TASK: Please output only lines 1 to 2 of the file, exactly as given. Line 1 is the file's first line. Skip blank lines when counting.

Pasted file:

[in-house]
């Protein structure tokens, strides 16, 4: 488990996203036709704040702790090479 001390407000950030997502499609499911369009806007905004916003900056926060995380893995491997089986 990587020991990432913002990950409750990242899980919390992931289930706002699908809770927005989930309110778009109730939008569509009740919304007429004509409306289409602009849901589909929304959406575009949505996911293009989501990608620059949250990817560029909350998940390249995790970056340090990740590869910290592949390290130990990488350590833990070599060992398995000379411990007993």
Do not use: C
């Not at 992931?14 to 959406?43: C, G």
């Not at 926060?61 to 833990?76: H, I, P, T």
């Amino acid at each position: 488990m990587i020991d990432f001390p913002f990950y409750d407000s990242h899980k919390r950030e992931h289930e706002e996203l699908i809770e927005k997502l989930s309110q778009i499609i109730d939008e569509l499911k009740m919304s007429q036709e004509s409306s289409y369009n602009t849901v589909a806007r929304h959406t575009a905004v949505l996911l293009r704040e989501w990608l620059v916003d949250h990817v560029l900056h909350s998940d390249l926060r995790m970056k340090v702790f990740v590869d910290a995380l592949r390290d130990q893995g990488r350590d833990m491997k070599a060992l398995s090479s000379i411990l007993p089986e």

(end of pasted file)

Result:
[in-house]
């Protein structure tokens, strides 16, 4: 488990996203036709704040702790090479 001390407000950030997502499609499911369009806007905004916003900056926060995380893995491997089986 990587020991990432913002990950409750990242899980919390992931289930706002699908809770927005989930309110778009109730939008569509009740919304007429004509409306289409602009849901589909929304959406575009949505996911293009989501990608620059949250990817560029909350998940390249995790970056340090990740590869910290592949390290130990990488350590833990070599060992398995000379411990007993």